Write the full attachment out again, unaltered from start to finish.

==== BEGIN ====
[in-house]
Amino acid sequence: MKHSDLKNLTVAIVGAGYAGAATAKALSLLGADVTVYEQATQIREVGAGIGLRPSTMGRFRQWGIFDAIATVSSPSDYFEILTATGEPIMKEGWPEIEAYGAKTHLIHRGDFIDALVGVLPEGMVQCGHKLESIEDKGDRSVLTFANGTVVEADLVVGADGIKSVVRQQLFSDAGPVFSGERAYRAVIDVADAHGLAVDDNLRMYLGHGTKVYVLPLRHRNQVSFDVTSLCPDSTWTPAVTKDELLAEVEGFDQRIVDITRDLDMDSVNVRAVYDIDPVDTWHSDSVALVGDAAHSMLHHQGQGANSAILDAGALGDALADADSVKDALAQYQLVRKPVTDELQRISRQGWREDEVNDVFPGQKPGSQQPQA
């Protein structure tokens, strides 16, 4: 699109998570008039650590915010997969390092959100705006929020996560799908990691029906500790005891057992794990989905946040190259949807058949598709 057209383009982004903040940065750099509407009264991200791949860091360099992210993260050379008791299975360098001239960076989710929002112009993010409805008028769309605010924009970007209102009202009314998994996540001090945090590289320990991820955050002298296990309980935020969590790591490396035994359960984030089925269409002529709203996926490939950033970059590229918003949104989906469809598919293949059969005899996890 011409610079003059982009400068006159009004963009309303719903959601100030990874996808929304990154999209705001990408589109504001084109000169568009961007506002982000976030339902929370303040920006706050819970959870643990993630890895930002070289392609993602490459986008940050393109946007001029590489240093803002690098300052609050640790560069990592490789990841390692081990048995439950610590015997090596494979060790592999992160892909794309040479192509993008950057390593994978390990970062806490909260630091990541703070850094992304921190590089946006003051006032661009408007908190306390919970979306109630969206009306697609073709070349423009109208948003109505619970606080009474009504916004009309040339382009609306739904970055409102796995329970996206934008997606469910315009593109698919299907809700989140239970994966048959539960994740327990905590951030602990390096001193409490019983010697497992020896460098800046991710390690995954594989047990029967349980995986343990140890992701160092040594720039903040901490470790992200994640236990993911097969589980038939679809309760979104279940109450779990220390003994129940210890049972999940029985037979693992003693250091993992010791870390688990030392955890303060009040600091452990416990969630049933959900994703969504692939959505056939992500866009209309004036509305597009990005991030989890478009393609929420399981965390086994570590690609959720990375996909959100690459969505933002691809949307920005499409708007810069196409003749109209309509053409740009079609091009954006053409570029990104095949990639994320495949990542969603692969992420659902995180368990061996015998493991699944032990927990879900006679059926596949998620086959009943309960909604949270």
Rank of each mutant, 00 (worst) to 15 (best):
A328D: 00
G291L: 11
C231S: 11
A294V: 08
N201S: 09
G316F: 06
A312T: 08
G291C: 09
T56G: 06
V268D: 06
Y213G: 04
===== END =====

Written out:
[in-house]
Amino acid sequence: MKHSDLKNLTVAIVGAGYAGAATAKALSLLGADVTVYEQATQIREVGAGIGLRPSTMGRFRQWGIFDAIATVSSPSDYFEILTATGEPIMKEGWPEIEAYGAKTHLIHRGDFIDALVGVLPEGMVQCGHKLESIEDKGDRSVLTFANGTVVEADLVVGADGIKSVVRQQLFSDAGPVFSGERAYRAVIDVADAHGLAVDDNLRMYLGHGTKVYVLPLRHRNQVSFDVTSLCPDSTWTPAVTKDELLAEVEGFDQRIVDITRDLDMDSVNVRAVYDIDPVDTWHSDSVALVGDAAHSMLHHQGQGANSAILDAGALGDALADADSVKDALAQYQLVRKPVTDELQRISRQGWREDEVNDVFPGQKPGSQQPQA
């Protein structure tokens, strides 16, 4: 699109998570008039650590915010997969390092959100705006929020996560799908990691029906500790005891057992794990989905946040190259949807058949598709 057209383009982004903040940065750099509407009264991200791949860091360099992210993260050379008791299975360098001239960076989710929002112009993010409805008028769309605010924009970007209102009202009314998994996540001090945090590289320990991820955050002298296990309980935020969590790591490396035994359960984030089925269409002529709203996926490939950033970059590229918003949104989906469809598919293949059969005899996890 011409610079003059982009400068006159009004963009309303719903959601100030990874996808929304990154999209705001990408589109504001084109000169568009961007506002982000976030339902929370303040920006706050819970959870643990993630890895930002070289392609993602490459986008940050393109946007001029590489240093803002690098300052609050640790560069990592490789990841390692081990048995439950610590015997090596494979060790592999992160892909794309040479192509993008950057390593994978390990970062806490909260630091990541703070850094992304921190590089946006003051006032661009408007908190306390919970979306109630969206009306697609073709070349423009109208948003109505619970606080009474009504916004009309040339382009609306739904970055409102796995329970996206934008997606469910315009593109698919299907809700989140239970994966048959539960994740327990905590951030602990390096001193409490019983010697497992020896460098800046991710390690995954594989047990029967349980995986343990140890992701160092040594720039903040901490470790992200994640236990993911097969589980038939679809309760979104279940109450779990220390003994129940210890049972999940029985037979693992003693250091993992010791870390688990030392955890303060009040600091452990416990969630049933959900994703969504692939959505056939992500866009209309004036509305597009990005991030989890478009393609929420399981965390086994570590690609959720990375996909959100690459969505933002691809949307920005499409708007810069196409003749109209309509053409740009079609091009954006053409570029990104095949990639994320495949990542969603692969992420659902995180368990061996015998493991699944032990927990879900006679059926596949998620086959009943309960909604949270």
Rank of each mutant, 00 (worst) to 15 (best):
A328D: 00
G291L: 11
C231S: 11
A294V: 08
N201S: 09
G316F: 06
A312T: 08
G291C: 09
T56G: 06
V268D: 06
Y213G: 04